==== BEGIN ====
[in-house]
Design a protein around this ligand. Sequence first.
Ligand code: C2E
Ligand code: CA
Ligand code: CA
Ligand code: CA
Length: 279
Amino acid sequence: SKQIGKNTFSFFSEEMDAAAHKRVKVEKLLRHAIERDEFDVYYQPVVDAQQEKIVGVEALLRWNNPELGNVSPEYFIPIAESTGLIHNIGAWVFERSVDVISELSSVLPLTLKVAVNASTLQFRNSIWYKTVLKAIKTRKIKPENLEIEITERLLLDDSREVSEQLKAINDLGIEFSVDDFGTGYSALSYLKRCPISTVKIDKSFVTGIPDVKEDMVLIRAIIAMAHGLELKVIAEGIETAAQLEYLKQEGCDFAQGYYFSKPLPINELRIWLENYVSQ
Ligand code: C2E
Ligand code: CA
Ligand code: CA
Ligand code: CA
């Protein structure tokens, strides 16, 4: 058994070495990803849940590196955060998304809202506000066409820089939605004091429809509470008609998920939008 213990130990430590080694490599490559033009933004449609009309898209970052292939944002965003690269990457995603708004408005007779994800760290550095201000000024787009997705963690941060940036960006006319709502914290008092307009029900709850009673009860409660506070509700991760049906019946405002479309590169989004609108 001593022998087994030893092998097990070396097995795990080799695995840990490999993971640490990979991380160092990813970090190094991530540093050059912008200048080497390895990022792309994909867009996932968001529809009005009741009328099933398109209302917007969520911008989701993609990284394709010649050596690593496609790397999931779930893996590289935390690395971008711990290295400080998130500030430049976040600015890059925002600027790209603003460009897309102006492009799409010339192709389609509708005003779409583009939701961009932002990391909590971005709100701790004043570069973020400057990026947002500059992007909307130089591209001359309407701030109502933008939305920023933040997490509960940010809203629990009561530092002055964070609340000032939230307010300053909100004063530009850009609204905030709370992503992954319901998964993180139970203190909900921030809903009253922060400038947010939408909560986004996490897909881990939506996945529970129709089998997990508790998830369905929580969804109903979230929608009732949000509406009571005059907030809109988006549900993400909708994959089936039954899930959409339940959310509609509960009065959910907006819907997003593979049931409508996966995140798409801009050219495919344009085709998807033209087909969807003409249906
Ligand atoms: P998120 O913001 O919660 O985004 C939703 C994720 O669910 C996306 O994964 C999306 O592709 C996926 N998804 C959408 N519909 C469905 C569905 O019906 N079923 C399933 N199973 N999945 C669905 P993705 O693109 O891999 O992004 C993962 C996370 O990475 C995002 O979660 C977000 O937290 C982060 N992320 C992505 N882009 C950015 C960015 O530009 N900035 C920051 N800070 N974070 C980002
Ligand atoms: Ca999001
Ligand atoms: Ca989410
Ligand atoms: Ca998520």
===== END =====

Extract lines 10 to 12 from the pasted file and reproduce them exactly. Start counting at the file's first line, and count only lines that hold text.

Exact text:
Ligand code: CA
Ligand code: CA
Ligand code: CA